We thought you might enjoy this short chapter from our latest book, The Constitution – A Revolutionary Story. It explains the events leading up to, the drafting, and the contents of the United States Constitution. This section explains the Second Amendment…

The Constitution - A Revolutionary Story

If there’s an amendment that causes more argument than the first, it might be the second. The Second Amendment protects the right to keep and bear arms. People fight over exactly what the second means, but much of the angst stems from the natural evolution of terminology over the years. The way we use words, even the same words, changes over the long haul. Consider these examples:

You used to get “sick” with the flu, or maybe a mild case of bunions. Or you might get “sick” of some person or thing, like Piers Morgan or perhaps Madonna. Now cool things like cars, video games, and half-pipe snowboard tricks are “sick.” This particular word hasn’t just evolved; it’s taken on an opposite meaning.

Once upon a name, “dick” was either a proper name or a synonym for “detective.” If you called someone “Dick,” you wouldn’t get punched in the face, unless the “dick” caught you robbing a bank.

Need we talk about words like “hoes” and “gay?” The point is that commonly accepted meanings of words change over time.

The same word confusion applies to the Second Amendment. Most of the arguments stem from the misunderstanding of two words in this clause: “militia” and “regulated.” Back in the day, the term militia referred to the collection of citizens, and in no way, shape or form was descriptive of a government-controlled armed force. In fact, standing armies were not to be trusted — the framers of the Constitution had just finished getting out from under the thumb of the world’s most powerful standing army and had no desire to make that mistake again.

As for “well regulated” you might think of that in terms of “properly functioning,” like a finely-tuned watch. The word “regulated” had nothing to do with governmental control or oversight. Remember, the thinking of the day was exactly the opposite — the government should have little if any control over much of anything related to the individual. Who do you think provided all the cannons used by the Colonial Army? That’s right, they were privately owned. In fact, all rights as described in the Constitution pertain to individuals only, because the government doesn’t (and can’t) have rights. While today we use “regulated” most frequently to mean “controlled” the word still occasionally serves in its original capacity. Consider that Activia yogurt pitched by Jamie Lee Curtis. It keeps you “well regulated,” right? And we all know government provides no oversight of one’s butt. Well, not counting the TSA of course.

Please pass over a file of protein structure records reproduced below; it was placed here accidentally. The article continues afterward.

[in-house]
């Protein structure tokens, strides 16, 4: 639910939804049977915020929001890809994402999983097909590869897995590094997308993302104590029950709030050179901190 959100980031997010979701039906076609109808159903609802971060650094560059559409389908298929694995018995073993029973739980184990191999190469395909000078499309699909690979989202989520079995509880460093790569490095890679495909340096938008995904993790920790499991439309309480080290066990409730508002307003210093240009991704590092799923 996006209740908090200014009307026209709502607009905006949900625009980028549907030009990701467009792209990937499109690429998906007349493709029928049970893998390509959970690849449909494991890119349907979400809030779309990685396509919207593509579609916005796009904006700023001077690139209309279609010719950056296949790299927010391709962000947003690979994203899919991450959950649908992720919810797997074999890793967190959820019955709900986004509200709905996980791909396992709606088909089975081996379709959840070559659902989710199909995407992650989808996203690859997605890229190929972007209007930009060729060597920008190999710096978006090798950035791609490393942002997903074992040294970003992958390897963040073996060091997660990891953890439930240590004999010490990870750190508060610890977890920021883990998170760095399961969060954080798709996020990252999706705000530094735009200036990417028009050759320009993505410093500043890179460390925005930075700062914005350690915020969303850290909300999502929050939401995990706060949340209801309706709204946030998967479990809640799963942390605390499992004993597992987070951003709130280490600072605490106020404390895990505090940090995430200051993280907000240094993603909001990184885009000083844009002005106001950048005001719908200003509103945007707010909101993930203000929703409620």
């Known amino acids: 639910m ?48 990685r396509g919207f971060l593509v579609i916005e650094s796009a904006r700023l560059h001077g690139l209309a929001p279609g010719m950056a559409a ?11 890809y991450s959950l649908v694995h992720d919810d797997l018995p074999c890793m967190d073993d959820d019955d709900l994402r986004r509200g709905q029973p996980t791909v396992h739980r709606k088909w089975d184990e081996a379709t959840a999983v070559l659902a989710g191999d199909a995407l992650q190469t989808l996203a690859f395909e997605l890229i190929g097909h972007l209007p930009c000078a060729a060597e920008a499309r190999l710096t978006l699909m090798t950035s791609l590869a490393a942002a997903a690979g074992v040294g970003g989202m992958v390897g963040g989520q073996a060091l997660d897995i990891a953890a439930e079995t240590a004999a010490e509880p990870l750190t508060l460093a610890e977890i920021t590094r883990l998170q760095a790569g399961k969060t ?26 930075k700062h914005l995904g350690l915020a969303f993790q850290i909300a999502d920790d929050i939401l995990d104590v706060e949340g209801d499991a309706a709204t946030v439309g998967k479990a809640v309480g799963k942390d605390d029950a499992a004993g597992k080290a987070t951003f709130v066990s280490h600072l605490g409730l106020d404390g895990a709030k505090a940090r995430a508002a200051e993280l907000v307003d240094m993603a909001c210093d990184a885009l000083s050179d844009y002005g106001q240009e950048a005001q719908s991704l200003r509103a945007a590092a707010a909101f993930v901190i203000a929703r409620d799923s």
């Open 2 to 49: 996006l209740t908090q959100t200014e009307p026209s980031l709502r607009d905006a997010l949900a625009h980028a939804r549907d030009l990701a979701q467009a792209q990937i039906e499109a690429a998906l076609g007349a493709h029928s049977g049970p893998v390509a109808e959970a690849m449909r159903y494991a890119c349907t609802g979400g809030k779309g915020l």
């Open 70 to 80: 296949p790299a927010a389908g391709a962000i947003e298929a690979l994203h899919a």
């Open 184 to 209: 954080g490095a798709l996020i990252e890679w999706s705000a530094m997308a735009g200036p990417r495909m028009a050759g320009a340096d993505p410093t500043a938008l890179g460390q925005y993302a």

Matter of Fact…

Having just escaped the heavy hand of the British Army, there was a deep mistrust of a central standing military. According to James Madison’s daily notes on the Constitutional Convention proceedings, on August 18, Mr. Luther Martin and Mr. Elbridge Gerry moved that the standing army should not number more than two or three thousand men. We can only assume a bit of sarcasm in General Pinckney’s response when he asked whether no troops were ever to be raised until AFTER an attack should be made.

The Constitution – A Revolutionary Story is now available in Print and Kindle eBook editions.